Elsea’s editorial biased, unhelpful

The Record’s opinion piece on “Today’s Republican Party Leaders…” (January 26, 1999; Dan Elsea ’02) lacks the fairness and accuracy required to spark any thoughtful discussion, the point of any good and responsible editorial. The essay is so polar that rather than explore any specific issues that the Republican party has not followed up on since 1994 upset victories, it only pats president Clinton on the back while using the impeachment proceedings as evidence that the Republicans have become the “lesser of the two parties.” The article mentions no fewer that fourteen times that the Republicans are either the party of impeachment or that they have no ideas at all. This partisan rant is neither constructive nor helpful to anyone interested in learning about politics.

Elsea’s article is not only appalling in its irresponsibility; it’s filled with partisan rhetoric. Several paragraphs are devoted to Clinton’s “sound recommendations” put forth in the State of the Union address. Elsea uses each of these to show how progressive the president is, failing to take the opportunity to discuss the pros and cons of any one of them. The most obvious of these is the brief discussion on Social Security. By refusing to examine the validity of any of Clinton’s statements, Elsea misleads the reader into thinking that Clinton’s plan to save Social Security using money exclusively from the budget surplus is a sound one. In fact, Federal Reserve Chairman Alan Greenspan testified last week before a committee that taxes would probably have to be raised considerably to fund Clinton’s program. This is because the surplus is not guaranteed, especially if a recession were to occur. Simply listing a series of problems and giving their solutions nifty titles (as many presidents do in State of the Union addresses) does not make them sound. As Wisconsin governor Tommy Thompson (R) put it, “[Clinton] touched on every subject except his dog and the homeless — and he promised everybody something, so you’ve got to like it.” Clinton’s laundry list of an agenda had some interesting ideas. However, not even a president’s strongest supporters can expect that more than a few ideas put forth in a State of the Union speech will be successful. But they should be open for debate.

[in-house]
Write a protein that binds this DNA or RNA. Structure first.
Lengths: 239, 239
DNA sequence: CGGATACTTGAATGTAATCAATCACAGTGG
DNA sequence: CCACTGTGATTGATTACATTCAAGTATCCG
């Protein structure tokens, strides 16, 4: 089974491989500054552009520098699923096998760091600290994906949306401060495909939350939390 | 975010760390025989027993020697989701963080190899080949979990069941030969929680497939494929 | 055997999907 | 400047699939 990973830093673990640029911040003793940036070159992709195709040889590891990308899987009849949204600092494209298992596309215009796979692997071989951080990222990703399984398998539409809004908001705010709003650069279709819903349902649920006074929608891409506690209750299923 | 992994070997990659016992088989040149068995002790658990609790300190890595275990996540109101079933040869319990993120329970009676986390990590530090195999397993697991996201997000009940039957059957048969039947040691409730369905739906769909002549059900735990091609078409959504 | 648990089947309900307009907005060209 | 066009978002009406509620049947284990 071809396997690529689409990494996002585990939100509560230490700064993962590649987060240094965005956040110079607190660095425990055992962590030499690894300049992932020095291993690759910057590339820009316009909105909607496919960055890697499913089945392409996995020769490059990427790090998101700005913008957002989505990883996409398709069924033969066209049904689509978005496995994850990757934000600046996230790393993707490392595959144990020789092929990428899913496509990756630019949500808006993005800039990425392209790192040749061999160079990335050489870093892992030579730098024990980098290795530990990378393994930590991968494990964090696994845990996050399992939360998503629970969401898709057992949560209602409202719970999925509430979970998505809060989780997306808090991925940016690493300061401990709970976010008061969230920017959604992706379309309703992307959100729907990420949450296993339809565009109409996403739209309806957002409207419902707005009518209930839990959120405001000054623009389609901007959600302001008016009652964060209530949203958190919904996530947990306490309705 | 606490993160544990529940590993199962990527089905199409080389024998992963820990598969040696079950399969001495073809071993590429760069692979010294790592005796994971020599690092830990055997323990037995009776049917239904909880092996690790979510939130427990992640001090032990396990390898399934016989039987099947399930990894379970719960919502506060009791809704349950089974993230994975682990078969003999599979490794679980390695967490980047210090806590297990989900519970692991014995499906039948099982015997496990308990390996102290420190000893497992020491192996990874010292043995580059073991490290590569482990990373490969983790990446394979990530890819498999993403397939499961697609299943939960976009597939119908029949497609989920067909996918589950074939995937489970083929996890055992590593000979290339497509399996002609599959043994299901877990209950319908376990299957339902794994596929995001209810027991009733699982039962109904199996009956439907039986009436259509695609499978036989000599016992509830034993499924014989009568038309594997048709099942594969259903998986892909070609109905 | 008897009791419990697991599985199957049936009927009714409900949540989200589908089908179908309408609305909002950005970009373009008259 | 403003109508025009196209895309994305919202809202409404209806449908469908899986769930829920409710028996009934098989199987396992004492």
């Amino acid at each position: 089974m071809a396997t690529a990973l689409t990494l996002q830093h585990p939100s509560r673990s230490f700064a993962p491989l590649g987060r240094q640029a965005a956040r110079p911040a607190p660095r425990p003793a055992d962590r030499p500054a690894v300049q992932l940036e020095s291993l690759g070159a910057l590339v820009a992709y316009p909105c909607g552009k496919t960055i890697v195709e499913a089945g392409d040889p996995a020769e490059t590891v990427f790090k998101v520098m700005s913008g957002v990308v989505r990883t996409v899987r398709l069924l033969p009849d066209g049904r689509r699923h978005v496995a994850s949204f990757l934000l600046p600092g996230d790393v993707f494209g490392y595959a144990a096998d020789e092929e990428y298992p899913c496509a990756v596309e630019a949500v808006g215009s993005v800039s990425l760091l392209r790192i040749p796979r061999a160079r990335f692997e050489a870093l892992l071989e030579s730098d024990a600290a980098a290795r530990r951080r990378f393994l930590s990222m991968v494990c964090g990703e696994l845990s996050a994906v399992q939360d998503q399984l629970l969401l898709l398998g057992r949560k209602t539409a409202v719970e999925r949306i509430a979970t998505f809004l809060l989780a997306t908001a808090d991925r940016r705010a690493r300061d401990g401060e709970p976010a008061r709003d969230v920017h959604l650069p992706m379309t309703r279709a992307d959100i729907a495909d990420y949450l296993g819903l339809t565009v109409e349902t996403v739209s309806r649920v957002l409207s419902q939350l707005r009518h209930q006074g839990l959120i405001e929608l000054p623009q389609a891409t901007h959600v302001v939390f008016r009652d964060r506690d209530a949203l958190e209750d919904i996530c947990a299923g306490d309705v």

It is important to point out a grave misconception on the part of the author that the Republicans acted in an inappropriate way during the State of the Union address. The keen observation is made that the Republicans “just sat there” and “seemed not to support” a number of Clinton’s ideas. That the Republicans “barely applauded the President’s good news on the state of our union” is an unfair and uninsightful comment. First off, I would say that the lack of clapping generally came in response to certain suggestions, not the state of our union, which is unarguably strong. It is also possible, though no mention of this is made, that the Republicans lack of applause came from their belief that president Clinton was taking credit for strengths in our union which he had little to do with. Indeed, if we had a Republican president, no one would expect the Democrats to be applauding for every idea and statement. The behavior of the Republicans was neither inappropriate nor unexpected.

The Republican Party is in a tough spot. They are spearheading a Senate trial that is unpopular and probably doomed to failure. However, that does not make them the “party of Sexual McCarthyism.” This phrase, ‘Sexual McCarthyism’ (the uncited title of Alan Dershowitz’ new book and a phrase later used by a Democratic representative from New York), is a cute summation of a serious process that involves our president’s lying, deception, and notably perjury and obstructing of justice. While I will not argue for removal from office I will ask: what if no one were held accountable for such actions?

The Republicans will suffer a political defeat due to the tiresome impeachment process but it does not spell doom for the party. Clinton is extremely popular in his own party and he has recently employed Republican economic strategy by giving tax breaks to a variety of groups including big business such as the steel industry. This is sure to help him maintain support from the moderate and even more conservative supporters who already like him. Still, Clinton’s presidency is damaged and with him out of the picture in 2000, the Democrats look to be a strong party. However, inviting a new wave of bipartisan support, new House Speaker Dennis Hastert has vowed to end the bitterness between the parties and lead the Republican Party out of its current trouble.

Elsea’s predictions of Democratic sweeps in 2000 may prove to be accurate but they are not a foregone conclusion.

Jeremy Faust ’01

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